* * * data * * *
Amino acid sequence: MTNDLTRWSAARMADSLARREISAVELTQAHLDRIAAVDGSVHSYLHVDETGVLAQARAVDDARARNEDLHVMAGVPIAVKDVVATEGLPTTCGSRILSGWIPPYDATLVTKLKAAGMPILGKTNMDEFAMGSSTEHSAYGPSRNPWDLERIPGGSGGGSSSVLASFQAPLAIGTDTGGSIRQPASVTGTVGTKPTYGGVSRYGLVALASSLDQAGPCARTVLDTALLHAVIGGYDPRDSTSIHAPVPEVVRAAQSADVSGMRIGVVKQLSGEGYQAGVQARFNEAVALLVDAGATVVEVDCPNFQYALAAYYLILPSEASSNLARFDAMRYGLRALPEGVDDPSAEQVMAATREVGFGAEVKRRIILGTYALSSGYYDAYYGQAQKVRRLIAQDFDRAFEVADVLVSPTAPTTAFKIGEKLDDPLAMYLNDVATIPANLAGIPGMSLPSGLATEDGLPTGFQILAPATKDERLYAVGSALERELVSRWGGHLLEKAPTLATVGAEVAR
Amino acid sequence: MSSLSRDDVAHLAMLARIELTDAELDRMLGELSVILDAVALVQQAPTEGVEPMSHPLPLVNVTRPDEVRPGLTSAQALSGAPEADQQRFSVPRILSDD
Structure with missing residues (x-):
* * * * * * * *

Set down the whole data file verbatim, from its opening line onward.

Amino acid sequence: MTNDLTRWSAARMADSLARREISAVELTQAHLDRIAAVDGSVHSYLHVDETGVLAQARAVDDARARNEDLHVMAGVPIAVKDVVATEGLPTTCGSRILSGWIPPYDATLVTKLKAAGMPILGKTNMDEFAMGSSTEHSAYGPSRNPWDLERIPGGSGGGSSSVLASFQAPLAIGTDTGGSIRQPASVTGTVGTKPTYGGVSRYGLVALASSLDQAGPCARTVLDTALLHAVIGGYDPRDSTSIHAPVPEVVRAAQSADVSGMRIGVVKQLSGEGYQAGVQARFNEAVALLVDAGATVVEVDCPNFQYALAAYYLILPSEASSNLARFDAMRYGLRALPEGVDDPSAEQVMAATREVGFGAEVKRRIILGTYALSSGYYDAYYGQAQKVRRLIAQDFDRAFEVADVLVSPTAPTTAFKIGEKLDDPLAMYLNDVATIPANLAGIPGMSLPSGLATEDGLPTGFQILAPATKDERLYAVGSALERELVSRWGGHLLEKAPTLATVGAEVAR
Amino acid sequence: MSSLSRDDVAHLAMLARIELTDAELDRMLGELSVILDAVALVQQAPTEGVEPMSHPLPLVNVTRPDEVRPGLTSAQALSGAPEADQQRFSVPRILSDD
Structure with missing residues (x-):